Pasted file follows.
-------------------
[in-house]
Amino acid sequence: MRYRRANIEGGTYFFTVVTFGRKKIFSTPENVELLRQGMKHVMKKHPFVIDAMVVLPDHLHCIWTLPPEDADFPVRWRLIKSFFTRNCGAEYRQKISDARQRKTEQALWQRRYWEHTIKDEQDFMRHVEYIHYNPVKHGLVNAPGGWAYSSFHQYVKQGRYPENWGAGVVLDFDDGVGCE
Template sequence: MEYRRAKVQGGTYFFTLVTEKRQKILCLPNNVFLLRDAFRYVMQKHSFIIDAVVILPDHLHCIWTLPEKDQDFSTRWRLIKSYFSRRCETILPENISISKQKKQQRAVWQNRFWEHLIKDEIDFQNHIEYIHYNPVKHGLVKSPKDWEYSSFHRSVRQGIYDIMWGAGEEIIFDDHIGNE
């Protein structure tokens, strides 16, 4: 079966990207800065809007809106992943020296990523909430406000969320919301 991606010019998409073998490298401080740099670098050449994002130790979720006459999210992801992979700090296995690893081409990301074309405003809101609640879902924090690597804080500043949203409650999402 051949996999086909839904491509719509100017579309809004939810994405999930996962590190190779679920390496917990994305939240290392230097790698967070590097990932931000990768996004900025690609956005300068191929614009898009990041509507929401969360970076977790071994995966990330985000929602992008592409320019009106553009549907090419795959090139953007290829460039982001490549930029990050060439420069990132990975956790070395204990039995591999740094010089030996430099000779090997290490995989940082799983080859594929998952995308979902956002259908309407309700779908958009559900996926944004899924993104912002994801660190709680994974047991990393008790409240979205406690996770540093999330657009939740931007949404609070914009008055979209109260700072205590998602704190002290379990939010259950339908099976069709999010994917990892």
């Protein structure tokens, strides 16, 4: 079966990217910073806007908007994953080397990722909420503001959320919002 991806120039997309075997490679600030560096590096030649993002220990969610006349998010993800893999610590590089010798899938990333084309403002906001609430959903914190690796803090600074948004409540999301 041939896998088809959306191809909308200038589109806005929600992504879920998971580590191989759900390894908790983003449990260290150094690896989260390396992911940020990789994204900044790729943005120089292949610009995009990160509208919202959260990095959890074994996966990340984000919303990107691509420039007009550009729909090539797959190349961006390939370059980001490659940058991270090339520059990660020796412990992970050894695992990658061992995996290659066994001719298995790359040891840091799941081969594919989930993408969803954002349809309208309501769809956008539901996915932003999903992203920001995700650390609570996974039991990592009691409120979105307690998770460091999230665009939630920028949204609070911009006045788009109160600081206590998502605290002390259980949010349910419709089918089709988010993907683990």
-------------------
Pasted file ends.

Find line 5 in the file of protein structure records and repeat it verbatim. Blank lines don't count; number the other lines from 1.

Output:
């Protein structure tokens, strides 16, 4: 079966990217910073806007908007994953080397990722909420503001959320919002 991806120039997309075997490679600030560096590096030649993002220990969610006349998010993800893999610590590089010798899938990333084309403002906001609430959903914190690796803090600074948004409540999301 041939896998088809959306191809909308200038589109806005929600992504879920998971580590191989759900390894908790983003449990260290150094690896989260390396992911940020990789994204900044790729943005120089292949610009995009990160509208919202959260990095959890074994996966990340984000919303990107691509420039007009550009729909090539797959190349961006390939370059980001490659940058991270090339520059990660020796412990992970050894695992990658061992995996290659066994001719298995790359040891840091799941081969594919989930993408969803954002349809309208309501769809956008539901996915932003999903992203920001995700650390609570996974039991990592009691409120979105307690998770460091999230665009939630920028949204609070911009006045788009109160600081206590998502605290002390259980949010349910419709089918089709988010993907683990």